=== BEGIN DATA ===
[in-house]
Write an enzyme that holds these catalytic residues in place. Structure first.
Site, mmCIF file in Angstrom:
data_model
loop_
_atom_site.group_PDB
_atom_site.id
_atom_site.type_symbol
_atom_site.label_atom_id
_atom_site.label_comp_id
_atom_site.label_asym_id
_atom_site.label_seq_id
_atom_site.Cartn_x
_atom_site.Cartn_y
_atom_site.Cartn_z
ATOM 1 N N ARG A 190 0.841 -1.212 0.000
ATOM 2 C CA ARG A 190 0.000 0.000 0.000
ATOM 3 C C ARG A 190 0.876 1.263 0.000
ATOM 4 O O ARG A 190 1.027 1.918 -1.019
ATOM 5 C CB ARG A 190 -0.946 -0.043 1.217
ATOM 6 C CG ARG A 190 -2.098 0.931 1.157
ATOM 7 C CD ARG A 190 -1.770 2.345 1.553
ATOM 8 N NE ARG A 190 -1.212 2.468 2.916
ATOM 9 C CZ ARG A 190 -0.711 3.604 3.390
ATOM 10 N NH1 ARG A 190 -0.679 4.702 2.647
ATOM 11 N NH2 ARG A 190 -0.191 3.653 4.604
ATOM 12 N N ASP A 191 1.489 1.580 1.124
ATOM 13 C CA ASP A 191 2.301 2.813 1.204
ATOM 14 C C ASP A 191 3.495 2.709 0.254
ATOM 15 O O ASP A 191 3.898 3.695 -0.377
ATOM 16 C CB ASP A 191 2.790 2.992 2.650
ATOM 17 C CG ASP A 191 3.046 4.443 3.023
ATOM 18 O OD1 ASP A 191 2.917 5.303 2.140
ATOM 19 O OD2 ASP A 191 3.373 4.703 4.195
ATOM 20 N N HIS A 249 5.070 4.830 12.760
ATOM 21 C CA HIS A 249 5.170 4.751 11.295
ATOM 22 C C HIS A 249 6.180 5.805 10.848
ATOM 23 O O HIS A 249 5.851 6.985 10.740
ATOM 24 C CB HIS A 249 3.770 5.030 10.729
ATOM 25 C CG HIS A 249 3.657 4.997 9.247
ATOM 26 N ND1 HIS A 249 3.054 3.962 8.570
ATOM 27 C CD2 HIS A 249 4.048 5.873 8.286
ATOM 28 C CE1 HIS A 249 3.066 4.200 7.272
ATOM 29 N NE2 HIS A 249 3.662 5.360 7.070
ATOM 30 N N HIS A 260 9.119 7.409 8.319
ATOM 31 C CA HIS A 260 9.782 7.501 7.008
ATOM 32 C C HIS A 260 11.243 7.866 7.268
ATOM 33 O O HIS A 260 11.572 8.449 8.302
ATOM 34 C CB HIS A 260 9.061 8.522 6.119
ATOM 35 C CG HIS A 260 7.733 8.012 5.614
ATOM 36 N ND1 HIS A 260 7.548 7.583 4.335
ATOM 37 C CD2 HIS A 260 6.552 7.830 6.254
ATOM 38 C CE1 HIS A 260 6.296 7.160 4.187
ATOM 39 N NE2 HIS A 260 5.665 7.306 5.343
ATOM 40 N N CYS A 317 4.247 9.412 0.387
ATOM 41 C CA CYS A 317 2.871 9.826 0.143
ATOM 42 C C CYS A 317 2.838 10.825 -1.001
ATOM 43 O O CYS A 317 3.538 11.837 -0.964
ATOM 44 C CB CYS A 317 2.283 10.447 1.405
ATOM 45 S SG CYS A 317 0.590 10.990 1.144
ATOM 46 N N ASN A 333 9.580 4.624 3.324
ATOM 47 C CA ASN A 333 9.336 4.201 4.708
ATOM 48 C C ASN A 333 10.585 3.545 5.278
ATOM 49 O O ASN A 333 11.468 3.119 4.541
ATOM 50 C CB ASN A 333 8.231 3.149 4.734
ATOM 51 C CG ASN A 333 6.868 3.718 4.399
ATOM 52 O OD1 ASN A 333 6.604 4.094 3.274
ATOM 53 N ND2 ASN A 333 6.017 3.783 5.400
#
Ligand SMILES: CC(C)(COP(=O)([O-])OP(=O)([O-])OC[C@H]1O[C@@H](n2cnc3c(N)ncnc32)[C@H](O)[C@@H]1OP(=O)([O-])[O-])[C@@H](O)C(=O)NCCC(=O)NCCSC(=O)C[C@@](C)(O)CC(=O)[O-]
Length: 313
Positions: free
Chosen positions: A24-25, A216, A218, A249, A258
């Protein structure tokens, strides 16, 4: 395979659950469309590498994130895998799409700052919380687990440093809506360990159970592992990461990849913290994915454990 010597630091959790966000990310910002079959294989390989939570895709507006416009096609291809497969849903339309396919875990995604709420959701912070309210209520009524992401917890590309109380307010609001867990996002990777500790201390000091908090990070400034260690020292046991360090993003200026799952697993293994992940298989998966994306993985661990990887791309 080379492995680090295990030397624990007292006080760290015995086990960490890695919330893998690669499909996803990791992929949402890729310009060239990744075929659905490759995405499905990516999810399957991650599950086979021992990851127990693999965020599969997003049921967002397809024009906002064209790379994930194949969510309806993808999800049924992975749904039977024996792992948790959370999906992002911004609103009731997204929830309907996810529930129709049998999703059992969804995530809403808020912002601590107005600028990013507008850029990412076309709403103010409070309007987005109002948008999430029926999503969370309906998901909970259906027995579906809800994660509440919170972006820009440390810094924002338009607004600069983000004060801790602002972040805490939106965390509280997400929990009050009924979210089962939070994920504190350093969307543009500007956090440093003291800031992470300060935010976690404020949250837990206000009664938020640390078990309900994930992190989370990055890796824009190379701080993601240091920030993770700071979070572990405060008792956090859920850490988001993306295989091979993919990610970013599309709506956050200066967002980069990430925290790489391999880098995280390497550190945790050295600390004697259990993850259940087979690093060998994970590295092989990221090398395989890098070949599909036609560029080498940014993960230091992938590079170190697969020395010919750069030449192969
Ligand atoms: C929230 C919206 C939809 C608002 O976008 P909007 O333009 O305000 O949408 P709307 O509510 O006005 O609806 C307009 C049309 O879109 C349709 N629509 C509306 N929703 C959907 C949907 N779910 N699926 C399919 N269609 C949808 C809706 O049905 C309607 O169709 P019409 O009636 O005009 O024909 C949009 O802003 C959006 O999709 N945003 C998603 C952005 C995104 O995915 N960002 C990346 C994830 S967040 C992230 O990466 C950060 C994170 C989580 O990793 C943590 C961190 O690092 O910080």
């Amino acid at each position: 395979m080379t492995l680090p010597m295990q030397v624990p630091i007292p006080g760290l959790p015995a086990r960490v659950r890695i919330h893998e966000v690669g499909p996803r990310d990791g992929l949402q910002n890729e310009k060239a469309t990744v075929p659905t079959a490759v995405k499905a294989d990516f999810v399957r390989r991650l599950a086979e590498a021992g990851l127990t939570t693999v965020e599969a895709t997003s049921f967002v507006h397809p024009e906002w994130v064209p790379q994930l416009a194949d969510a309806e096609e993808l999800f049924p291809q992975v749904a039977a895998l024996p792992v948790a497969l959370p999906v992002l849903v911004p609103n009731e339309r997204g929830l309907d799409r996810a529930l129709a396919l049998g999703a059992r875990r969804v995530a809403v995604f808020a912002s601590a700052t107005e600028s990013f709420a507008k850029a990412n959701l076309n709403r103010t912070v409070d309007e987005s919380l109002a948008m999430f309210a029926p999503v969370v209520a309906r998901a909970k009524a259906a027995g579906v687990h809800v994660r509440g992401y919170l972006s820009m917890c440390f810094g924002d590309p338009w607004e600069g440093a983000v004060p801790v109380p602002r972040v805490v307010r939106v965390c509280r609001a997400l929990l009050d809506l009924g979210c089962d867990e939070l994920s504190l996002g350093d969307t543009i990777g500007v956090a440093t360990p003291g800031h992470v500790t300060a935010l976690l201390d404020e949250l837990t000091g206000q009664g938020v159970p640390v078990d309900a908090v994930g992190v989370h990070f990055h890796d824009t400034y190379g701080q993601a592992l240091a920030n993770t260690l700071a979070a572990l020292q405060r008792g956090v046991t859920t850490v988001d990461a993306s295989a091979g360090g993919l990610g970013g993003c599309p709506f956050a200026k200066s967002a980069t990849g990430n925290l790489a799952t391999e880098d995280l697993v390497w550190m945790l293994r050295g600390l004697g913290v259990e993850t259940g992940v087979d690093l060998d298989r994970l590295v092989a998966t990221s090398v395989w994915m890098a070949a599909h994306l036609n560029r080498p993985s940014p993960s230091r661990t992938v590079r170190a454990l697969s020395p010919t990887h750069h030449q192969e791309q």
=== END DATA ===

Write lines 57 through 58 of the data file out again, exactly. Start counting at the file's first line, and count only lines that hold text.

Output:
ATOM 42 C C CYS A 317 2.838 10.825 -1.001
ATOM 43 O O CYS A 317 3.538 11.837 -0.964